The map is being redrawn, in blood.

It's happening.

As Greg Sheridan poignantly said in today's paper: 

It is impossible now to believe that Syria and Iraq will ever be reconstituted as the states that they were. The map of the Middle East is being redrawn, and it is covered in blood.

I don't usually agree with the man, but Sheridan's article is worth the read.  It raises many a salient point, and the crux of it is this: times are changing.

What is happening in the Middle East is not the result of any one action or event, although some contributed more than others.  The invasion of Iraq in 2003 was not great for the region's stability, but the blame does not lie solely there.  Nouri al-Maliki, the installed Prime Minister of Iraq for example, had plenty of opportunity to bring the various religious sects together in some manner but failed to do so effectively.  Yet, this again isn't the only factor.

Alas, the lessons of history.

What is happening in the Middle East is not due to a recent phenomenon.  In our conversations around the causes, the effects of the first gulf war are often omitted.

More importantly, the lay of the land pre the World Wars are ignored.

This is the map of the Middle East in 1914.

Middle East in 1914

This is the rough map of the region now.


Notice any differences?

I can claim no superior knowledge of the region and am no historian, political scientist or expert of any sort. However, the argument can be made that the construct of the 'state' as we know it is an unnatural relic of the colonial era.

Sudan, my country of birth, is a classic example.  Straight lines make (or made) our borders.  Tribes that make up nations follow the land, not straight lines! Boundaries were drawn through tribes, and land was divided up by colonisers in ways that suited their ends.  The 'states' as we know them today aren't necessarily a true reflection of the allegiances within the nation.

This was brought to my attention most keenly last summer when I asked a cousin why they weren't fighting to free Sudan from the current dictator.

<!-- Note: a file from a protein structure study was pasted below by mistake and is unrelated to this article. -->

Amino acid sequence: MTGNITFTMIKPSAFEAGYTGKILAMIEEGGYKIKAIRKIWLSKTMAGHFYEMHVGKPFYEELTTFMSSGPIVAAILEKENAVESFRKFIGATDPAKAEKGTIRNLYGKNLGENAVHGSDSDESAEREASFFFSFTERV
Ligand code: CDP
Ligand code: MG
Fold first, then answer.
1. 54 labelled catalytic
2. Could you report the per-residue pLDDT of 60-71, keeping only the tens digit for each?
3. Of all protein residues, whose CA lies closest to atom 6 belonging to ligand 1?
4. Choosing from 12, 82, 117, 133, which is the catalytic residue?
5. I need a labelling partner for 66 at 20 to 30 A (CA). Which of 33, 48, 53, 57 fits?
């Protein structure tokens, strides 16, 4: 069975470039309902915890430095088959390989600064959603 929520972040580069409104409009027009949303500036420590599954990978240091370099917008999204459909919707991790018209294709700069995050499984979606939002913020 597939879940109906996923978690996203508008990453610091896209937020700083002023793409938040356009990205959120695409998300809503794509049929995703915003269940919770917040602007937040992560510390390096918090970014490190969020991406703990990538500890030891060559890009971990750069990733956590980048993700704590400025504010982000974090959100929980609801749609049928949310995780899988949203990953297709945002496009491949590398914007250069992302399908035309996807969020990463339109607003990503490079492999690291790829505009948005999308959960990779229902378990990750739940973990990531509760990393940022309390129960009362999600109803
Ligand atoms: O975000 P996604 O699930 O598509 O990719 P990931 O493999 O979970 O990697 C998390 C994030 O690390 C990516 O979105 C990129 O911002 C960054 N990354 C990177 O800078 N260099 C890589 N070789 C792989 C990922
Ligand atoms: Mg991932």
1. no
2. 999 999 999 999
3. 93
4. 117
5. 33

"Why should I care about what happens to Sudan? What has Sudan done for me? If I want to be taken care of, in health, education, resources, anything, I turn to my tribe. Sudan as a country is useless..."

Although that may be a reflection of poor governance, the essence rings true.  The entire region is tribal, sectarian and bonded through links that those wanting to colonise - or sometimes even help - may not always completely understand.  As such, to expect people to cling to borders and national identities that are so very new may be difficult...

Sheridan may be right. This may be the end of the liberal international order as we know it, but perhaps it may make way for an order that better reflects the natural state and allegiances individuals have...


The hope that it may lead to something better is simply a reaction.  

My reaction; a scrambling attempt to see some good and benefit in a situation that is so brutal, callous, violent and cruel that my mind can barely comprehend it.

How we as humans are capable of such is beyond me.

Yet, for a generation that has been brought up on bloodshed, how can we expect any different?

Links, Links, Links! 14th April 2013

Well it's that time of week again! Let me share with you some of the interesting pieces of the internet that have recently caught my eye...  

Trip down memory lane: The Iraq War told in headlines over the last 10 years.

December 2002 - March 2003: The March To War

July 2003: As The War Continues, No WMDS Are Found


Are you moving from Google Reader? Want to know how to make the switch seamlessly to Feedly? Worry no longer.


52 reasons why you should date an aid worker (tongue in cheek and all...)


A great collection of FREE apps from LinkedIn on making your work life more productive.


LinkedIn also has some great tips on becoming a better leader...


A heart breaking but very human look at the effects of the Syrian conflict: Refugees talk about the "most important thing" they took with them when they fled their homes.

 Tamara, 20, in Adiyaman camp in Turkey. The most important thing she was able to bring with her is her diploma, which she holds. With it she will be able to continue her education in Turkey.


Ah, it pin points an issue that has been niggling in the back of my mind: The problem with 'First World Problems'

To blithely relegate trivial matters as ‘first world problems’ not only dismisses the very real issues that some first world residents face on a daily basis, it also prevents a mutual understanding between the West and the developing world because sometimes both 'worlds' experience the same problems; First world problems can also be third world problems.

Considering my current employment, this was a really interesting report to come across on FIFO and DIDO workers.

A recently completed study by researchers from the University of Ballarat provides insight into some of the issues raised by The House of Representatives Standing Committee on Regional Australia’s inquiry into fly-in, fly-out (FIFO) and drive-in, drive-out (DIDO) workforce practices in regional Australia.
In relation to the mental health of study participants, 50 per cent reported moderate to high levels of depression symptoms, 45 per cent reported moderate to high levels of anxiety symptoms, and 45 per cent reported experiencing moderate to high levels of loneliness when on-site, indicating that these are critical issues for some FIFO workers.


What a way to wrap it up.  This kid, well I can't imagine how motivational he will be when he's grown up? Gee, mashallah. Hope he channels it into something useful, I can only imagine how far he will go then! Kudos to supportive parents I imagine as well.